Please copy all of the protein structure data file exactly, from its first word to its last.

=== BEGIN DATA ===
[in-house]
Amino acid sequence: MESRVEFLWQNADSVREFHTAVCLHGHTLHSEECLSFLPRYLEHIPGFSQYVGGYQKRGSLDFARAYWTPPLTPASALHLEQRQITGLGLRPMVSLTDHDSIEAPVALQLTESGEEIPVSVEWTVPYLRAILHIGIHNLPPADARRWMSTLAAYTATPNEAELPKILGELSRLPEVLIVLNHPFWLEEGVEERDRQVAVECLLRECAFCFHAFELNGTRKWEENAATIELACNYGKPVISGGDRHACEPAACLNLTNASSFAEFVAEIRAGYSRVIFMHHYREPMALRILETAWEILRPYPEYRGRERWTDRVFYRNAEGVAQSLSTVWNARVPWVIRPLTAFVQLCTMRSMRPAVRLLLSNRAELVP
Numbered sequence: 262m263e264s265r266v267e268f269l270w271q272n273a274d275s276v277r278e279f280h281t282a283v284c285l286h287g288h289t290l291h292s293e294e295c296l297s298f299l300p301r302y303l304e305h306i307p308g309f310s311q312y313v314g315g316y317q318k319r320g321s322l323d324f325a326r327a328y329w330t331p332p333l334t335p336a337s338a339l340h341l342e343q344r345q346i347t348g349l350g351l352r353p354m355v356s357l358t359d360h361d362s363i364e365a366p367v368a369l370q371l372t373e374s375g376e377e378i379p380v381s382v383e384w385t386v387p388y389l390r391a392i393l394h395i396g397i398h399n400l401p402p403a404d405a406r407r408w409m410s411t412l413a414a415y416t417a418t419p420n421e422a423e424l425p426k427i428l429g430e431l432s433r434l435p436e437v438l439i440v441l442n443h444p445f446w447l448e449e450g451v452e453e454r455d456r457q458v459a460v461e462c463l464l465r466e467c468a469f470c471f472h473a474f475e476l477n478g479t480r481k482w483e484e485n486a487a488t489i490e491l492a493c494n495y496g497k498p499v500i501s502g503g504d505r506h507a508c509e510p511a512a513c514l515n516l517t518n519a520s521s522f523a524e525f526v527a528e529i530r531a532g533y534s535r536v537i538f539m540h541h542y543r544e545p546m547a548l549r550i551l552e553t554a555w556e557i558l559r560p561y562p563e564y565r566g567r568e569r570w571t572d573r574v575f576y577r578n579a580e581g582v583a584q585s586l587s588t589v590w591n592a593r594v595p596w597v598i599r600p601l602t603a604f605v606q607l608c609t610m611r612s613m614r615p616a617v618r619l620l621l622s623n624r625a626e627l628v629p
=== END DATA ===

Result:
[in-house]
Amino acid sequence: MESRVEFLWQNADSVREFHTAVCLHGHTLHSEECLSFLPRYLEHIPGFSQYVGGYQKRGSLDFARAYWTPPLTPASALHLEQRQITGLGLRPMVSLTDHDSIEAPVALQLTESGEEIPVSVEWTVPYLRAILHIGIHNLPPADARRWMSTLAAYTATPNEAELPKILGELSRLPEVLIVLNHPFWLEEGVEERDRQVAVECLLRECAFCFHAFELNGTRKWEENAATIELACNYGKPVISGGDRHACEPAACLNLTNASSFAEFVAEIRAGYSRVIFMHHYREPMALRILETAWEILRPYPEYRGRERWTDRVFYRNAEGVAQSLSTVWNARVPWVIRPLTAFVQLCTMRSMRPAVRLLLSNRAELVP
Numbered sequence: 262m263e264s265r266v267e268f269l270w271q272n273a274d275s276v277r278e279f280h281t282a283v284c285l286h287g288h289t290l291h292s293e294e295c296l297s298f299l300p301r302y303l304e305h306i307p308g309f310s311q312y313v314g315g316y317q318k319r320g321s322l323d324f325a326r327a328y329w330t331p332p333l334t335p336a337s338a339l340h341l342e343q344r345q346i347t348g349l350g351l352r353p354m355v356s357l358t359d360h361d362s363i364e365a366p367v368a369l370q371l372t373e374s375g376e377e378i379p380v381s382v383e384w385t386v387p388y389l390r391a392i393l394h395i396g397i398h399n400l401p402p403a404d405a406r407r408w409m410s411t412l413a414a415y416t417a418t419p420n421e422a423e424l425p426k427i428l429g430e431l432s433r434l435p436e437v438l439i440v441l442n443h444p445f446w447l448e449e450g451v452e453e454r455d456r457q458v459a460v461e462c463l464l465r466e467c468a469f470c471f472h473a474f475e476l477n478g479t480r481k482w483e484e485n486a487a488t489i490e491l492a493c494n495y496g497k498p499v500i501s502g503g504d505r506h507a508c509e510p511a512a513c514l515n516l517t518n519a520s521s522f523a524e525f526v527a528e529i530r531a532g533y534s535r536v537i538f539m540h541h542y543r544e545p546m547a548l549r550i551l552e553t554a555w556e557i558l559r560p561y562p563e564y565r566g567r568e569r570w571t572d573r574v575f576y577r578n579a580e581g582v583a584q585s586l587s588t589v590w591n592a593r594v595p596w597v598i599r600p601l602t603a604f605v606q607l608c609t610m611r612s613m614r615p616a617v618r619l620l621l622s623n624r625a626e627l628v629p